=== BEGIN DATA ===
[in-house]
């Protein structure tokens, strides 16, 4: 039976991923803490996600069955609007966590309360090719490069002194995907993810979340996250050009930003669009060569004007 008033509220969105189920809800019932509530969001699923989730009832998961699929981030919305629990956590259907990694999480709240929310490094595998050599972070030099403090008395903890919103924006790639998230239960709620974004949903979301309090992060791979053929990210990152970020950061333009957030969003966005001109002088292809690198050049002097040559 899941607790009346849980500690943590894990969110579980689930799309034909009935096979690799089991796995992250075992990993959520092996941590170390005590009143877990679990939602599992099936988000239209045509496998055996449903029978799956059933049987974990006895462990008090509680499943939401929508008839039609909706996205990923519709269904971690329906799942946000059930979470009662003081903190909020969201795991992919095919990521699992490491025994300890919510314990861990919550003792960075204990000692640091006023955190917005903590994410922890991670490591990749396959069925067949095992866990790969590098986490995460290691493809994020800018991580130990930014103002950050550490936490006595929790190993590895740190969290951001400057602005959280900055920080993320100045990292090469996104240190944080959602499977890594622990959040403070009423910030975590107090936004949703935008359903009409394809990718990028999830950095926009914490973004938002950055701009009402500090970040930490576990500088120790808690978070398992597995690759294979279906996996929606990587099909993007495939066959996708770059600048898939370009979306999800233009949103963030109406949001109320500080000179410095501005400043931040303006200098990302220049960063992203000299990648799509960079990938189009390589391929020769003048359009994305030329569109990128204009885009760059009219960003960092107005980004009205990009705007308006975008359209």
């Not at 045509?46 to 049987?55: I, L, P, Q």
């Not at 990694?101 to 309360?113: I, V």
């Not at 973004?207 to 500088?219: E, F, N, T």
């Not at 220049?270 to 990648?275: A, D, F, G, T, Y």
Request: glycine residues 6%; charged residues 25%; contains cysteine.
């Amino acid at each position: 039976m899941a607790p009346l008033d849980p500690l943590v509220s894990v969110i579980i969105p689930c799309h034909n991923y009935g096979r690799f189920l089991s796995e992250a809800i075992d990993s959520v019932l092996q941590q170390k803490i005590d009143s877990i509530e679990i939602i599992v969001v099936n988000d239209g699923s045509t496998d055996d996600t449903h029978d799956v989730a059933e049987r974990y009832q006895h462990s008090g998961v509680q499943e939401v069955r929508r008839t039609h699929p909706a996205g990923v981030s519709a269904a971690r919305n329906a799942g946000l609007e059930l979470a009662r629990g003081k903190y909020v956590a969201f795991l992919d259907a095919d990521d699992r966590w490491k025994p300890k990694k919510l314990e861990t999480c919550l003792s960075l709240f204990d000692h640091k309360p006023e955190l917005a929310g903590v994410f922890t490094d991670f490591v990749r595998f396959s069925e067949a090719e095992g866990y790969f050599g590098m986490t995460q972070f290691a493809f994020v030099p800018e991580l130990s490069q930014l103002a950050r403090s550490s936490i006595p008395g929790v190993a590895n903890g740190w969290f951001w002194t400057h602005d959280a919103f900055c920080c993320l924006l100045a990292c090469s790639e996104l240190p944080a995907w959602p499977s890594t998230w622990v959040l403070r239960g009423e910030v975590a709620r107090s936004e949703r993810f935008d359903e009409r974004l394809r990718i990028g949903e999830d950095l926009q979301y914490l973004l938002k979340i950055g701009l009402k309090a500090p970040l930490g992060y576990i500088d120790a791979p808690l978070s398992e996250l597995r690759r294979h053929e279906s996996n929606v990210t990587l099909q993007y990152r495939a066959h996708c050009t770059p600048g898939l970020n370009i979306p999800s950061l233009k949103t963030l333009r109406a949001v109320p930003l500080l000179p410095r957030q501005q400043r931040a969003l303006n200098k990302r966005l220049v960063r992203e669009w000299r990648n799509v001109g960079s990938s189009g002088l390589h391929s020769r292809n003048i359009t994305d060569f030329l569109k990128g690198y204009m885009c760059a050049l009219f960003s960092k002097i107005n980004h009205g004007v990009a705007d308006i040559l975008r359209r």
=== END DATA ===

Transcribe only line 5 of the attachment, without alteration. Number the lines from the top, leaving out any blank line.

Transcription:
């Not at 973004?207 to 500088?219: E, F, N, T």